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Sefirat Haomer and other Mitzvot involving Counting

Iyar 5782 | May 2022

We are currently in the process of counting the days of the Omer; Sefirat Haomer is counted daily, ceremoniously, and a bracha is recited on the counting. But this is not the only mitzvah that involves counting: the Torah commands four different instances (in three different contexts) that require counting, although not all of these include a ceremonious element like the one we find in Sefirat Haomer. The mitzvah most similar to Sefirat Haomer is the counting of the Yovel (Jubilee) years (Leviticus 25:8):

You shall count off seven weeks of years, seven times seven years, so that the period of seven weeks of years gives forty-nine years.

Two additional mitzvot that involve counting appear in the context of a man or woman who experience an abnormal discharge – a zav and zava. In both cases counting the days is required before they may immerse and be rid of their impure status (Leviticus 15:13, 28):

[13] When the one with a discharge is cleansed of his discharge, he shall count seven days for his cleansing … and he shall be clean.

[28] If she is cleansed of her discharge, she shall count seven days, and after that she shall be clean.

Is there a relationship between these mitzvot to count, and how do they reflect on one another?

Some commentators (such as the Sefer Hachinuch, R. David Zvi Hoffman, and others) assume that the basic understanding of the biblical requirement is to calculate the days, and we learn from divrei kabbalah that the days of the Omer actually have to be counted orally. Following the position of R. Yehuda Hachasid, it is possible that the purpose of counting the Omer is to know the target date – but since the nation was busy with agricultural work, it may be hard to keep track of the times given the complexity of Kiddush ha-chodesh (determining when the month begins based on the new moon); therefore, the requirement became to count (ceremoniously)  each day, in order to know when Shavuot should be celebrated.

According to other commentators, the basic Torah obligation does involve counting orally, and they explain why the zav and zava do not have to count. According to Tosfot (Ketubot 74b) a zav/a cannot count the days since s/he may see an additional emission that will invalidate the days that were already counted and have to start anew, and this may lead to a bracha le-vatala (a bracha said in vain, which involves saying God’s name in vain). The Shla (Shaar ha-otiyot) inferred from here that counting is necessary – but without a bracha. Accordingly he instructed his wife to count each day: “today is the first [/second etc.] day of my seven clean days,” but without a bracha. A later debate among the Poskim discusses whether a woman who was distracted from counting the seven clean days (because her husband was away and she stopped the process, or because she thought she saw a stain that might have invalidated the clean days but later discovered it did not) is required to begin counting again, or whether she could continue counting based on the initial days. According to the more stringent position, there is value to consciously counting the days, even if they are not actually uttered out loud.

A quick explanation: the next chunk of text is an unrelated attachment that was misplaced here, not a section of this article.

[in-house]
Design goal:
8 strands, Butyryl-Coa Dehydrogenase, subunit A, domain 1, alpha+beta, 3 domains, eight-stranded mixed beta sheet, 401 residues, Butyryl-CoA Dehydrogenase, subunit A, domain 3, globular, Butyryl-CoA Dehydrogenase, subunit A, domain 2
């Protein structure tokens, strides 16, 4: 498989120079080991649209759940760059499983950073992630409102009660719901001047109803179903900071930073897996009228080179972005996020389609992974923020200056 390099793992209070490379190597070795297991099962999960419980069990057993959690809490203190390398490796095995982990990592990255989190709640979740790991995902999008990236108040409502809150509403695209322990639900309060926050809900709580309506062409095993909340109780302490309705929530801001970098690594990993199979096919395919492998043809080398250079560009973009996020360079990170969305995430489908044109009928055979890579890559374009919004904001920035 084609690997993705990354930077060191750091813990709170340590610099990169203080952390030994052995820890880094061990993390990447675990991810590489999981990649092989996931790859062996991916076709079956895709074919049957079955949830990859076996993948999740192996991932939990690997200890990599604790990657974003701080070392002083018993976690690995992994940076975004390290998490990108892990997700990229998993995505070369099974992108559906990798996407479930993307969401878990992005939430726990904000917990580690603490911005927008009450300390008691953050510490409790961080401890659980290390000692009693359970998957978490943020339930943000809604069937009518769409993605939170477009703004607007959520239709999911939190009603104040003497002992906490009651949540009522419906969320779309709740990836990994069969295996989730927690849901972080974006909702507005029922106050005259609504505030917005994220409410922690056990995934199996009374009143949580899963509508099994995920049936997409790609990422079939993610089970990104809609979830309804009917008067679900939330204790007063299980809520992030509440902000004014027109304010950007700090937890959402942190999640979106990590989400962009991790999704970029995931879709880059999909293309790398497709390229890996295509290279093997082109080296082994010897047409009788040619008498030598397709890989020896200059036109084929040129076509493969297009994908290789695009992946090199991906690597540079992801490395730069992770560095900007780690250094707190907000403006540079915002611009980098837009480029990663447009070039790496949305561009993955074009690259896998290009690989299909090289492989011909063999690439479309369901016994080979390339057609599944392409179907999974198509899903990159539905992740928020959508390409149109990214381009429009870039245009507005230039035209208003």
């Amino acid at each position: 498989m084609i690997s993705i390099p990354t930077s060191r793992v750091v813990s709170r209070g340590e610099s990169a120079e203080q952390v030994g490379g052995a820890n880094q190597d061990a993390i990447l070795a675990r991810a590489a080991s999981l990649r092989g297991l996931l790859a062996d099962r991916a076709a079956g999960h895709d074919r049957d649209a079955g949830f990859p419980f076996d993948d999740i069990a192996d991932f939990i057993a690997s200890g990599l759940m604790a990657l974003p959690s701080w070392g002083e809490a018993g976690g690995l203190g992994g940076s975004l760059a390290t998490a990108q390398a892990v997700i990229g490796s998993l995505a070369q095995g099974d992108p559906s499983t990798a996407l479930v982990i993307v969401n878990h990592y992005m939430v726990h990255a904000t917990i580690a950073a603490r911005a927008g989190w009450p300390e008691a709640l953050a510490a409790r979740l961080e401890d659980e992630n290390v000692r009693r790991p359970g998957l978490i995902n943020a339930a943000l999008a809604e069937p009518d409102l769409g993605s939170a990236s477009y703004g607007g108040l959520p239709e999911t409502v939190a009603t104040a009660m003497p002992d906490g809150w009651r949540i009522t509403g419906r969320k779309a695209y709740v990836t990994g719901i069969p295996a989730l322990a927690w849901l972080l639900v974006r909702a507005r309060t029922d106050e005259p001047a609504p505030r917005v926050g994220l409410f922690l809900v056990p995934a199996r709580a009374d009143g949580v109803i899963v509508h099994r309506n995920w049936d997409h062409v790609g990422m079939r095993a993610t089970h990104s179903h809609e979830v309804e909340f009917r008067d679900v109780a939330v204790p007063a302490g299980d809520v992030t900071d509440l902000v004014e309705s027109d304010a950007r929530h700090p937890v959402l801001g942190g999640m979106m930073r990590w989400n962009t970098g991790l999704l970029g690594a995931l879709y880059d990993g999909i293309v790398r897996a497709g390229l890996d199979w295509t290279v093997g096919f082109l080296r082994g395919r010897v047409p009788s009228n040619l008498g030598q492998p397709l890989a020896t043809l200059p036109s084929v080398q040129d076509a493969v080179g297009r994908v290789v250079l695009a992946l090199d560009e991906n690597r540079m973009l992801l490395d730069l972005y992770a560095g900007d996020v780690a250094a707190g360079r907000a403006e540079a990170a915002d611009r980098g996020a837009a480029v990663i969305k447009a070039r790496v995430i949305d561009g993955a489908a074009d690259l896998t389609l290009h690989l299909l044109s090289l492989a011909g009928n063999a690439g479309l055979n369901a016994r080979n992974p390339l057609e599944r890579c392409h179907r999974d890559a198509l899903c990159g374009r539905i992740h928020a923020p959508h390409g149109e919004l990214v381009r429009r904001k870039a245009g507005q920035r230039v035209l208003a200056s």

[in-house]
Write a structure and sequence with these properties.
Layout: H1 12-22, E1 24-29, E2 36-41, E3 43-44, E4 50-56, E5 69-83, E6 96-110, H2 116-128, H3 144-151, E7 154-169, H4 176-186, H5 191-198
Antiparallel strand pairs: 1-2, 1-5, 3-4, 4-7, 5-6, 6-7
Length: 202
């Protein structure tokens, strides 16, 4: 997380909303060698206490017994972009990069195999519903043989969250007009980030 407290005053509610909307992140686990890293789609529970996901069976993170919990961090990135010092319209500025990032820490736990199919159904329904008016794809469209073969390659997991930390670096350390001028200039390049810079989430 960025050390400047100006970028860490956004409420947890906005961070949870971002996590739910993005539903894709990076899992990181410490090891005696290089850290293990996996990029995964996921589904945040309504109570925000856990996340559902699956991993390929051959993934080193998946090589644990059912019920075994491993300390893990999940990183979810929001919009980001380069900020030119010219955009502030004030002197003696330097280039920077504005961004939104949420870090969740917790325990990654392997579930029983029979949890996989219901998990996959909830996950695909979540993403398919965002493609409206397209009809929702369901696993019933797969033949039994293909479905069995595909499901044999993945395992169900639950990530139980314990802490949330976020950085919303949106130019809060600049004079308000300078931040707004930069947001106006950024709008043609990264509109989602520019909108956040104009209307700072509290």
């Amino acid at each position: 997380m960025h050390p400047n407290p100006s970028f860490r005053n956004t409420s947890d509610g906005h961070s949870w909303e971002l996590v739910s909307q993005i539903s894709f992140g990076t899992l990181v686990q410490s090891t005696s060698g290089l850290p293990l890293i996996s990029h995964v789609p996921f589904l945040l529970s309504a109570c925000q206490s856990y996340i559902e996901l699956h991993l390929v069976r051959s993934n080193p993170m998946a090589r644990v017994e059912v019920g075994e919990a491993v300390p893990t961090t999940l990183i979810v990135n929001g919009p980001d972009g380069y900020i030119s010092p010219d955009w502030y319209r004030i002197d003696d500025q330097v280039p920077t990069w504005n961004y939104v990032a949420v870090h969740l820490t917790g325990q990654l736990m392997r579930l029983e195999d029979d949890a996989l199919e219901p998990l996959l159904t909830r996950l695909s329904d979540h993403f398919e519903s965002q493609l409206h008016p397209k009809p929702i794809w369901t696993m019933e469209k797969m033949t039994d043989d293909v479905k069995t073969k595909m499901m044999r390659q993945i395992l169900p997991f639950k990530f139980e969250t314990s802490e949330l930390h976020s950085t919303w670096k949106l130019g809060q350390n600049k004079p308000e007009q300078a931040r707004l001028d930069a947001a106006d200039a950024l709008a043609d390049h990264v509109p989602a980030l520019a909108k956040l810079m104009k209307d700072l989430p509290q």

The similarity between Sefirat Haomer, the Yovel, and Sheva Nekiim, is creating a conscious awareness of the time that passes between two events, which links the events themselves. Sefirat Haomer links Pesach and Shavuot (and the Omer offering with the shtei ha-lechem, the two loaves offered on Shavuot), creating a conscious link between them. Counting from one Yovel to the next creates a sequence that emphasizes the recognition that the land belongs to God; this consciousness that we count toward Yovel is supposed to affect our economic conduct when we purchase and sell lands in the interim. Similarly, the counting and checking of Sheva Nekiim created an awareness that there is a sequence and connection between the impurity and the immersion, imbuing a sense and awareness of purification into the process toward immersion.

Based on the comparison between the different mitzvot involving counting, the Rabbis inferred that Sefirat Haomer also involves a process of purification; since Sefirat Haomer is longer than Shiva Nekiim, it seems the impurity runs deeper, and requires a longer process of purification. The Zohar (Parashat Yitro) discusses the depth of 49 gates of impurity in which Am Yisrael was immersed in Egypt. Perhaps Sefirat Haomer creates an awareness of the connection between Pesach and Shavuot, and the process of purification that is required throughout this period.

Rabbanit Dr. Adina Sternberg

was in the first cohort of the Matan Kitvuni Fellowship program and her book is in the publication process. She has a B.A. in Bible from Hebrew University and a M.A. and Ph.D. in Talmud from Bar Ilan University. Adina studied in Midreshet Lindenbaum, Migdal Oz, Havruta and the Advanced Talmud Institute in Matan. She currently teaches Bible and Talmud at Matan, and at Efrata and Orot colleges. Adina lives in Adam (Geva Binyamin) with her family.